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Publication numberUS7972117 B1
Publication typeGrant
Application numberUS 11/501,470
Publication dateJul 5, 2011
Filing dateAug 8, 2006
Priority dateAug 8, 2005
Publication number11501470, 501470, US 7972117 B1, US 7972117B1, US-B1-7972117, US7972117 B1, US7972117B1
InventorsRonald MacDonald
Original AssigneeSeewater, Inc.
Export CitationBiBTeX, EndNote, RefMan
External Links: USPTO, USPTO Assignment, Espacenet
Pump control system for submersible pumps
US 7972117 B1
Abstract
A pump control system for a submersible pump is provided. The system includes a pump controller adapted to activate the pump when water has reached a high threshold level and to deactivate the pump when water has dropped to a low threshold level. The pump controller also incorporates one or more sensing devices that are capable of detecting the presence of a non-conductive fluid in water so that the pump can be deactivated if oil is detected in water. The system further includes an auxiliary control device which is adapted to automatically override the pump controller and de-energizes the pump if the pump remains activated when water drops to a level below the low threshold level.
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Claims(6)
1. A pump control system for a submersible pump used to remove water in an enclosed space, comprising:
a pump controller, said pump controller is electrically connected to the submersible pump and capable of activating and deactivating the submersible pump, wherein the pump controller comprises a primary circuit and a secondary sensing circuit, said pump controller is adapted to activate the submersible pump when water has reached a first level in the enclosed space and to deactivate the submersible pump when water has reached a second level that is below the first level, wherein said pump controller incorporates one or more sensing devices that are capable of detecting the presence of a non-conductive fluid in water, wherein said one or more sensing devices comprise one or more capacitance based sensors or one or more conductivity based sensors; and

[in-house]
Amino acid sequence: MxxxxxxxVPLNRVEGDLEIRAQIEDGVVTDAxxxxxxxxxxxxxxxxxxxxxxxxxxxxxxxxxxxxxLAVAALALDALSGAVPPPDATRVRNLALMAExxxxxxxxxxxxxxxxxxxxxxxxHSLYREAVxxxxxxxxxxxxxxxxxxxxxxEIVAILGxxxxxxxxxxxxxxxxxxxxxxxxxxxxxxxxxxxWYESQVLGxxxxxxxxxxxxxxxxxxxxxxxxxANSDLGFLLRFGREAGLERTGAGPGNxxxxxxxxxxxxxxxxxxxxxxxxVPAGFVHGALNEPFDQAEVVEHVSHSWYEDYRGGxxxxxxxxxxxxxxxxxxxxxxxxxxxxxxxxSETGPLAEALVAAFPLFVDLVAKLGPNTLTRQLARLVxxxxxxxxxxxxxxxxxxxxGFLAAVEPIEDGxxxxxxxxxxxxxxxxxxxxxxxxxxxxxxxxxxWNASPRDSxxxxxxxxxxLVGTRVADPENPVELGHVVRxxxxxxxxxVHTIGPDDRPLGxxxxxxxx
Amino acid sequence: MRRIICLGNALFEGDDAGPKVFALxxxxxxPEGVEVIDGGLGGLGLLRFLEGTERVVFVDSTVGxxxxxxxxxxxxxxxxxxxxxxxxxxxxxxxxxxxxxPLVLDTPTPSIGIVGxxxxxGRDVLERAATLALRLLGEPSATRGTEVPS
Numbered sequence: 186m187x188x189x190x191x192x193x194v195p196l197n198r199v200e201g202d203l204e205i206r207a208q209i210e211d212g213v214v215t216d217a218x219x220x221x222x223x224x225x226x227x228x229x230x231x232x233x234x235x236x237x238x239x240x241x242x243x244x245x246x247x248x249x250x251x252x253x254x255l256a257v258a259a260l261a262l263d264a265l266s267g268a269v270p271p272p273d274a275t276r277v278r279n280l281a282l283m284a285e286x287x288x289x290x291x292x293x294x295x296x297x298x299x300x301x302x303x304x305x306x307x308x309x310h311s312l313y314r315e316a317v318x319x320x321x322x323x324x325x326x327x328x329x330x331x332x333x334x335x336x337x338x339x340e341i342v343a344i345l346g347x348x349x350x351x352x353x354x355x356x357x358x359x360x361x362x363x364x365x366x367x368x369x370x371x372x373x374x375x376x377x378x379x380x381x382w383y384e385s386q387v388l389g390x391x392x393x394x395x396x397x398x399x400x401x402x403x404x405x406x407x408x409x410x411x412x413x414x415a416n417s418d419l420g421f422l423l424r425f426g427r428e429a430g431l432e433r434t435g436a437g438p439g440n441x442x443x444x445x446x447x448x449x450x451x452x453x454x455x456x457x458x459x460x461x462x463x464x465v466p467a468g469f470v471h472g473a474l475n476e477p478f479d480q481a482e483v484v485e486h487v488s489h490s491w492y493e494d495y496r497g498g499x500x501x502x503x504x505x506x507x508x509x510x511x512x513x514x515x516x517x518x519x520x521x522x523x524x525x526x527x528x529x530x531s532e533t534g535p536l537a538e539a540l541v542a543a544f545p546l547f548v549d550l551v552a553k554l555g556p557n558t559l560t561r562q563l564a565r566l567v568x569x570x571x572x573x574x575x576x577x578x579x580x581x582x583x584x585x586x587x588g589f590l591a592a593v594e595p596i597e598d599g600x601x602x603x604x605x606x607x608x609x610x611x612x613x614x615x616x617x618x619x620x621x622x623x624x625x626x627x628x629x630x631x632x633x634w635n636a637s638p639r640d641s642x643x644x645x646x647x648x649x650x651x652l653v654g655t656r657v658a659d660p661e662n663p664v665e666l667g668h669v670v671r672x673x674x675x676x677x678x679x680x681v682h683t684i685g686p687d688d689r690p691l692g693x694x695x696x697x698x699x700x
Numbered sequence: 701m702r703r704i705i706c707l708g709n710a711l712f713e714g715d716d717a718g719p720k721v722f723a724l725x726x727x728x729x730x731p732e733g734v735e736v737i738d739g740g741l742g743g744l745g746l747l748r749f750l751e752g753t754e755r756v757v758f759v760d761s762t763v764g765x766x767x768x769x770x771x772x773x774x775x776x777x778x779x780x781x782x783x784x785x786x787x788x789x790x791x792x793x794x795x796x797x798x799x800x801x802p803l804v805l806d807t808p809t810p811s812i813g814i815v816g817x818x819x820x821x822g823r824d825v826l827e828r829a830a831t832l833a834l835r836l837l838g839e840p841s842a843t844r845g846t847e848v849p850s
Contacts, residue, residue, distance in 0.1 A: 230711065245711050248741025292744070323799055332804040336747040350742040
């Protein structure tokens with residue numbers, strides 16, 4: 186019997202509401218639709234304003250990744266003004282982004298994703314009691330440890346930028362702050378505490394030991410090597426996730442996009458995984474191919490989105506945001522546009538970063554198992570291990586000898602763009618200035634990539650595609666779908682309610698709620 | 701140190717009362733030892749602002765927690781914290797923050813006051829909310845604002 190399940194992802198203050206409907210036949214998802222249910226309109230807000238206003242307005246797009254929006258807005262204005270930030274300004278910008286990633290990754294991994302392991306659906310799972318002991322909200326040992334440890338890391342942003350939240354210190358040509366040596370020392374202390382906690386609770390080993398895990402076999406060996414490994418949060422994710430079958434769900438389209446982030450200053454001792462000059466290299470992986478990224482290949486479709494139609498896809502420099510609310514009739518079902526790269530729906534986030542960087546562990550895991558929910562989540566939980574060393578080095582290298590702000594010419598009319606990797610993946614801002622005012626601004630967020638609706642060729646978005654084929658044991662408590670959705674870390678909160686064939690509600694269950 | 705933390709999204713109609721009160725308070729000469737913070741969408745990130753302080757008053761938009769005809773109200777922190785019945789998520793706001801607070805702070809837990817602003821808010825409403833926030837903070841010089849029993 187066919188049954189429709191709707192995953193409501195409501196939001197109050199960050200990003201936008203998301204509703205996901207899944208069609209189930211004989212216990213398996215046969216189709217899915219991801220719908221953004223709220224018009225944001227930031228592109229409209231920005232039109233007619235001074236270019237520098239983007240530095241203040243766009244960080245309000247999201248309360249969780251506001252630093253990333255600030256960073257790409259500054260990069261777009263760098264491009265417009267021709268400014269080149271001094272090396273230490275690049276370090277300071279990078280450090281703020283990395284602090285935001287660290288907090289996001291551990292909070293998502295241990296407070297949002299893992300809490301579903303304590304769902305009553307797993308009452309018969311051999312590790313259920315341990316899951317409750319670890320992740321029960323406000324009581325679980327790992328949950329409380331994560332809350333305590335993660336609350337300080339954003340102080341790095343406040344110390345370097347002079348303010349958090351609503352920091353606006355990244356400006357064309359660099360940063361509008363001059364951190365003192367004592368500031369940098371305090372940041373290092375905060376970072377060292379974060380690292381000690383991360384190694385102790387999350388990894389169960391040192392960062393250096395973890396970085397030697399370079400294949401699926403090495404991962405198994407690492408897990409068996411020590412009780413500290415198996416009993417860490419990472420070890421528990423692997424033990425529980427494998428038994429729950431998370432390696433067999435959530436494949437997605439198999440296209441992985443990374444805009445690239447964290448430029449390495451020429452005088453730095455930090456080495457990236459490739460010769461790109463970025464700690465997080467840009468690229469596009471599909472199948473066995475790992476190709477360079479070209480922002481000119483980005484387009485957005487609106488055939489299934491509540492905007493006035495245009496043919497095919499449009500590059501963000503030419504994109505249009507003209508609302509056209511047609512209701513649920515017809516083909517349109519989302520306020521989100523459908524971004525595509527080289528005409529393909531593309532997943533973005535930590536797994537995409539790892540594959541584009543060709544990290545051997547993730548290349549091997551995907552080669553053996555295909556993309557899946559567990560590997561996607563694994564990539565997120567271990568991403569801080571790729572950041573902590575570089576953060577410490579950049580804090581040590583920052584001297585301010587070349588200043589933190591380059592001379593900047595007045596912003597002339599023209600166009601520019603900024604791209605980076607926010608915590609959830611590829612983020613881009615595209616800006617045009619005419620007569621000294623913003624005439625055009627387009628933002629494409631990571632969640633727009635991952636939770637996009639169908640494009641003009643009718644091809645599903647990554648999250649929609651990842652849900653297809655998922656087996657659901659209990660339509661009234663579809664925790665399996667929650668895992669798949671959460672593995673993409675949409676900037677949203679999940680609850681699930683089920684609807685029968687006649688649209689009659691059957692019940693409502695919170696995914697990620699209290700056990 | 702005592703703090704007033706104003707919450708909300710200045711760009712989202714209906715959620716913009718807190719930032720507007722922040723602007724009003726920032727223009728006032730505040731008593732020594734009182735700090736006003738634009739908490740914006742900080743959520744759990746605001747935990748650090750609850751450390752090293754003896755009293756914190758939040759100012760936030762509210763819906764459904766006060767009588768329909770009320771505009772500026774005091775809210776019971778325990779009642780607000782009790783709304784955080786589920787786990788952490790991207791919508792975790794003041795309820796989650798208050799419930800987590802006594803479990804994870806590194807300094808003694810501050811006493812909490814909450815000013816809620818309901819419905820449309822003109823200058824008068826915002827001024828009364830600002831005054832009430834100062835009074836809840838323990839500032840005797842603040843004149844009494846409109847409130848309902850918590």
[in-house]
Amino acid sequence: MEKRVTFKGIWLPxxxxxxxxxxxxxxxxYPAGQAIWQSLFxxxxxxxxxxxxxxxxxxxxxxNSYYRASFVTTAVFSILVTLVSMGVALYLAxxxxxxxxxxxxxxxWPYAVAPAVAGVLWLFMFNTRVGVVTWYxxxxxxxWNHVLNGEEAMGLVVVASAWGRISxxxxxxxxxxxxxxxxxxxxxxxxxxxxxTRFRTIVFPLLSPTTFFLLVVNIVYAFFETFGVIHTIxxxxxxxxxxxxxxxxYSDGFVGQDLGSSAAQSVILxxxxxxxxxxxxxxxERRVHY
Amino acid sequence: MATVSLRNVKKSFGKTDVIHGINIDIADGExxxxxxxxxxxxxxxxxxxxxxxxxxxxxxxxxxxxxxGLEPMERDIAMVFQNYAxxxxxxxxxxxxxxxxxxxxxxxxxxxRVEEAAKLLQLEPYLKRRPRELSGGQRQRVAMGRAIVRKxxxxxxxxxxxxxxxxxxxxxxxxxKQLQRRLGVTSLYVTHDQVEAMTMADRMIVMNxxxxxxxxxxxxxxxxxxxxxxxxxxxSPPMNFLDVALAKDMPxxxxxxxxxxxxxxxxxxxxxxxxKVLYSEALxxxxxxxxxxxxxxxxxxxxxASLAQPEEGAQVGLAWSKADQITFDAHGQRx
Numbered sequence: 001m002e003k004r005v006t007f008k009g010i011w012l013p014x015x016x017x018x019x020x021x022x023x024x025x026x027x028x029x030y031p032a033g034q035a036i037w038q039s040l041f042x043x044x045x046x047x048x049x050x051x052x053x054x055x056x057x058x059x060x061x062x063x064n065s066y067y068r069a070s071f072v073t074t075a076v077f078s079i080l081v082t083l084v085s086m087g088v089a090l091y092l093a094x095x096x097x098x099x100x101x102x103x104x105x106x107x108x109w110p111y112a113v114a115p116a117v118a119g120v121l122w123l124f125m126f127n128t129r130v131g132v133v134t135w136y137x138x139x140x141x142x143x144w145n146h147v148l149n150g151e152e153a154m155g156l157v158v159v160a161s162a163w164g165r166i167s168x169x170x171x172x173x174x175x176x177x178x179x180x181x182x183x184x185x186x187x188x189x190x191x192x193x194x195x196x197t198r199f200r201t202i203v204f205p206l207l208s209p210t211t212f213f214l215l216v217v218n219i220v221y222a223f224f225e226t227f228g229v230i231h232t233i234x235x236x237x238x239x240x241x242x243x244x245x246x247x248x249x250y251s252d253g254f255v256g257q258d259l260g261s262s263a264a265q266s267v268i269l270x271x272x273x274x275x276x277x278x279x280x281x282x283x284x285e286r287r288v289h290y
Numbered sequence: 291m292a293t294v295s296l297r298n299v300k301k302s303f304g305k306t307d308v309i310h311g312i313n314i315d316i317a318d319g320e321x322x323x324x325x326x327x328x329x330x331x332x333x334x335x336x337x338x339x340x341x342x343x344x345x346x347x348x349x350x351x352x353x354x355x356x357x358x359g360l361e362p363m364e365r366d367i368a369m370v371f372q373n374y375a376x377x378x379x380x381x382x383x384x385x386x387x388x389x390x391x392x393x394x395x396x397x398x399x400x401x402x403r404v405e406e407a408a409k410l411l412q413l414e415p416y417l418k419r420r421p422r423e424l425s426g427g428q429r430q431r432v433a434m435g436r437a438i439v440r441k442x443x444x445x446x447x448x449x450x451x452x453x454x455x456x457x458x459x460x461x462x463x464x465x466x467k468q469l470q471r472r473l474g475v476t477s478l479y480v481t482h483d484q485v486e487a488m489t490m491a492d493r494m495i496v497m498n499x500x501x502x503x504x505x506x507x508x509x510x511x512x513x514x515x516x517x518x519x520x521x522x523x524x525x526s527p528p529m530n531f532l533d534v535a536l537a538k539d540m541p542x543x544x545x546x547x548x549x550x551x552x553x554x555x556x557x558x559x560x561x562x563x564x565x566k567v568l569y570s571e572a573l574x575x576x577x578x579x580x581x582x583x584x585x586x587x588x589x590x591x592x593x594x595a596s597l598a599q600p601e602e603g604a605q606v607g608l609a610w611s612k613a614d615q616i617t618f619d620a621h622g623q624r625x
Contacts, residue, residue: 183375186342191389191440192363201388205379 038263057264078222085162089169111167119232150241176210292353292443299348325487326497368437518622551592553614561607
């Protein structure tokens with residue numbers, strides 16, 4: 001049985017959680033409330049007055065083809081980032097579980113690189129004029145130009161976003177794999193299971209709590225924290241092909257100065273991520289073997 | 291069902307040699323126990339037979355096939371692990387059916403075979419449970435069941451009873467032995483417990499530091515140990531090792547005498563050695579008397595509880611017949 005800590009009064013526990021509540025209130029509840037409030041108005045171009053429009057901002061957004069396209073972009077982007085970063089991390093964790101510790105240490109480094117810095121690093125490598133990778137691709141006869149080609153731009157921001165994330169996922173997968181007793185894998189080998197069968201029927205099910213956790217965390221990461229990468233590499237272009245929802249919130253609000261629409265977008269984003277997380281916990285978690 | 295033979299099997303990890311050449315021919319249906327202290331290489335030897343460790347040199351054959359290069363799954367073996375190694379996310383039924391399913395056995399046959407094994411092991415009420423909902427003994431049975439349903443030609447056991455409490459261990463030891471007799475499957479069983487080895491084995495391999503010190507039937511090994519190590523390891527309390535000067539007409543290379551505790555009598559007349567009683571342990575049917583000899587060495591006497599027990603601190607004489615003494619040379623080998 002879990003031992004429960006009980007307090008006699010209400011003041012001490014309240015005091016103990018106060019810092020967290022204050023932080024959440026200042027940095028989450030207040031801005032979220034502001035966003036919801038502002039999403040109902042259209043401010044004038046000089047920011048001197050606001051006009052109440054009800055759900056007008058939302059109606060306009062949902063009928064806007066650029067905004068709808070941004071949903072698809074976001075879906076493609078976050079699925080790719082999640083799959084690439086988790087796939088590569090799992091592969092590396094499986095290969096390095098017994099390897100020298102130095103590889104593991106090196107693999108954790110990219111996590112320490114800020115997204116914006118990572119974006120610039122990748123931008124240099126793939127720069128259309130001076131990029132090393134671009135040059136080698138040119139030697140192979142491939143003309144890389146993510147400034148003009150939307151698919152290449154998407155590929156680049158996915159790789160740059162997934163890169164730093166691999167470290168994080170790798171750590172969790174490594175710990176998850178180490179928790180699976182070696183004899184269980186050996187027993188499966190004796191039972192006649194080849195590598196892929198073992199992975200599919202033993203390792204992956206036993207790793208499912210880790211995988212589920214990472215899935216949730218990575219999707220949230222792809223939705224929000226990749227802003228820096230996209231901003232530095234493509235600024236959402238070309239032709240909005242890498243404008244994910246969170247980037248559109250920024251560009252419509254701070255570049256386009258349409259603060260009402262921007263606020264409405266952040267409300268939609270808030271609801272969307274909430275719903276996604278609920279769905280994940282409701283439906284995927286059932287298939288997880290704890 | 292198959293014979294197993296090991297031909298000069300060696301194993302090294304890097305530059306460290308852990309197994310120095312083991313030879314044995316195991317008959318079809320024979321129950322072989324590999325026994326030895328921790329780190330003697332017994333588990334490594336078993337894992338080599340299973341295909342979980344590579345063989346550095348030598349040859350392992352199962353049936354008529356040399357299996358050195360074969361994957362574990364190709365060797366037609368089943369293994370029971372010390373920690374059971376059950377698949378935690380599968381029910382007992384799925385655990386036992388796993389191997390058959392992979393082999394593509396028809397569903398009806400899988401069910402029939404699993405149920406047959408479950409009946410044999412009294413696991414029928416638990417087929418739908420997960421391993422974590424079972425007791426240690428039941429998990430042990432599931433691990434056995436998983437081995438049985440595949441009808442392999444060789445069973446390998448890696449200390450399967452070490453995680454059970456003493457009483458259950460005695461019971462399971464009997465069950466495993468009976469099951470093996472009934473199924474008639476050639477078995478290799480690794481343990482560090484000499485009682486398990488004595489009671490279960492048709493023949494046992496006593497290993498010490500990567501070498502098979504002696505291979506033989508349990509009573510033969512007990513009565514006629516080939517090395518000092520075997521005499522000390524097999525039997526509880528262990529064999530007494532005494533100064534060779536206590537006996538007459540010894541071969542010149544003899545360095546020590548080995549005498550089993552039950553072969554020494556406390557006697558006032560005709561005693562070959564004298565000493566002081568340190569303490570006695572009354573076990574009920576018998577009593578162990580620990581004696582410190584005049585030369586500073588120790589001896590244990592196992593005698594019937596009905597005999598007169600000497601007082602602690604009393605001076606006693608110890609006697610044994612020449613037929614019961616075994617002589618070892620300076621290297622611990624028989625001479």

an auxiliary control device, said auxiliary control device is adapted to automatically override the pump controller and deactivate the submersible pump, by de-energizing the pump controller, if the submersible pump remains activated when water reaches a third level in the enclosed space, wherein said third level is below the second level, said auxiliary control device is adapted to automatically re-energize the pump controller by closing the secondary sensing circuit in the pump controller when water rises to the second level after the pump controller has been deactivated by the auxiliary control device.
2. The system of claim 1, wherein the auxiliary control device comprises a float switch.
3. The system of claim 1, wherein the auxiliary control device automatically overrides the pump controller and deactivates the submersible pump by disconnecting the electrical connection between the pump controller and the submersible pump.
4. The system of claim 1, wherein the non-conductive fluid is oil.
5. A method of controlling the operation of a submersible pump in a confined area, comprising:
detecting a first predetermined water level in the confined area;
activating the submersible pump via a pump controller if water level is at or above the first predetermined level;
detecting a second predetermined water level in the confined area, wherein the second predetermined water level is below the first predetermined water level;